Magnetic Refrigeration Principle
Magnetic Refrigeration: a bit of history
Some classes of materials, called Magnetocaloric Materials (MCM), heat up when immersed in a magnetic field and cool down when removed from it, almost instantaneously. The phenomenon, known as Magnetocaloric Effect (MCE), was discovered by E. Warburg in 1881.
In 1933, W. Giauque was the first to use the Magnetocaloric Effect (MCE) in a magnetocaloric system that reached a very low temperature (0.25K). W. Giauque received a Nobel Prize in 1949.
In 1997, the Ames Laboratory implemented a proof-of-principle using Gadolinium. Reacting at ambient temperature (~20°C), the use of Gadolinium was a milestone for all developments of magnetic refrigeration systems for commercial applications.
Magnetic Refrigeration: the physical principle
Magnetic refrigeration is based on the Magnetocaloric Effect (MCE). The MCE implies that the temperature of suitable materials (Magnetocaloric Materials, MCM) increases when they are exposed to a magnetic field and decreases when they are removed from it, that is, the effect is reversible and almost instantaneous.
The temperature with the strongest effect (the Curie temperature) depends on the properties of every material. The power generated by the system depends on the type of materials and their characteristics (mass and shape).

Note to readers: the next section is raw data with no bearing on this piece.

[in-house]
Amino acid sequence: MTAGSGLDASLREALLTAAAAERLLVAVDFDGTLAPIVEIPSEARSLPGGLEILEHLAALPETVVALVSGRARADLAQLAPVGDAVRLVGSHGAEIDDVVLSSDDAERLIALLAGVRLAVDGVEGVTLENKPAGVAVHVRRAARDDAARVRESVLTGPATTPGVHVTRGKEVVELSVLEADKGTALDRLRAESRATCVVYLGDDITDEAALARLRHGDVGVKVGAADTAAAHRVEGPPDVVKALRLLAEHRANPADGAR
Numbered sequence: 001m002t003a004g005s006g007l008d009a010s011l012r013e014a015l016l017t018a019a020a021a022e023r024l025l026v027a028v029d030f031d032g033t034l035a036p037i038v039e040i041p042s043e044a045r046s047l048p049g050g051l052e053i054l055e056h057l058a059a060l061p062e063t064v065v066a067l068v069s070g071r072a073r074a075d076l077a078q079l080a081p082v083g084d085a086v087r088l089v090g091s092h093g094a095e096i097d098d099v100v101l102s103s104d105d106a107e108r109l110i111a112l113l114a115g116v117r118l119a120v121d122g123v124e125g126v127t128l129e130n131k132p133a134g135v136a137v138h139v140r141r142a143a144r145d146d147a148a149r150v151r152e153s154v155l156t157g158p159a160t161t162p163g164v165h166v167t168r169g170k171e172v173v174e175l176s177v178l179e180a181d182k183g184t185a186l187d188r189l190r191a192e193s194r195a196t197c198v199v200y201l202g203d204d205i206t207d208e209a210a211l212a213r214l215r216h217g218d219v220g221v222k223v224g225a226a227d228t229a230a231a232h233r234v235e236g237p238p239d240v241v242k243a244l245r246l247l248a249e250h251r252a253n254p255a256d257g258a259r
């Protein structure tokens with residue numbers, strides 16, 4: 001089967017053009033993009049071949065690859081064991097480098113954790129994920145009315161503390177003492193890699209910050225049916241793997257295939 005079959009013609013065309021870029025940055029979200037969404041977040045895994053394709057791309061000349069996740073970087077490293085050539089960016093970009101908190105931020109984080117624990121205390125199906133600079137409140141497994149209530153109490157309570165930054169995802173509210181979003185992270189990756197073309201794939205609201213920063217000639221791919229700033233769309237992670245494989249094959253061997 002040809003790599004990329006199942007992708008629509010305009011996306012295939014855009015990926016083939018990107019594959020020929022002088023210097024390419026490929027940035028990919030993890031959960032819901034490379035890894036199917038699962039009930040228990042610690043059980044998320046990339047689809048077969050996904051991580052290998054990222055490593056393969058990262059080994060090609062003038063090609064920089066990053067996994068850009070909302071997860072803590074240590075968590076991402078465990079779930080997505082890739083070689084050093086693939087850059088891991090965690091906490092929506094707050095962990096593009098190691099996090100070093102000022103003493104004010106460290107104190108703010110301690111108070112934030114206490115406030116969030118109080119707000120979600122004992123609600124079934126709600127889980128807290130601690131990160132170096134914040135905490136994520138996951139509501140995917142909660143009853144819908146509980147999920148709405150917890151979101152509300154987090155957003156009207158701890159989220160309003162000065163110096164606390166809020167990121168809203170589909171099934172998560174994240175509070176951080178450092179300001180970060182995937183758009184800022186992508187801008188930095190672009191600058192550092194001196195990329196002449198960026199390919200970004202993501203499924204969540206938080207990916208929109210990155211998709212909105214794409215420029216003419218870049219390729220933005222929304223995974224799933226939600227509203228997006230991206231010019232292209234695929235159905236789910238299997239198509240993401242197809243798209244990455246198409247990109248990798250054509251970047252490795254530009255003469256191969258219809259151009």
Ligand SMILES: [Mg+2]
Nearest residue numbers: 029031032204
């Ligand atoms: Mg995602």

In a Magnetic Refrigeration System, a controlled magnetic field applies a series of Magnetization-Demagnetization cycles to the magneto-caloric alloys. Each of these cycles creates a temperature gradient in the material. A rapid succession of these cycles produces the final and stabilized hot and cold temperatures in the refrigerated system.
An environmentally friendly coolant fluid (glycol water) ensures the heat transfer between the cold to the hot sources. Similar to a heat pump process, Magnetic Cooling can be adapted to any kind of refrigeration system (professional fridge, display case, home appliance...).
Example of a system integration into a medical refrigerator: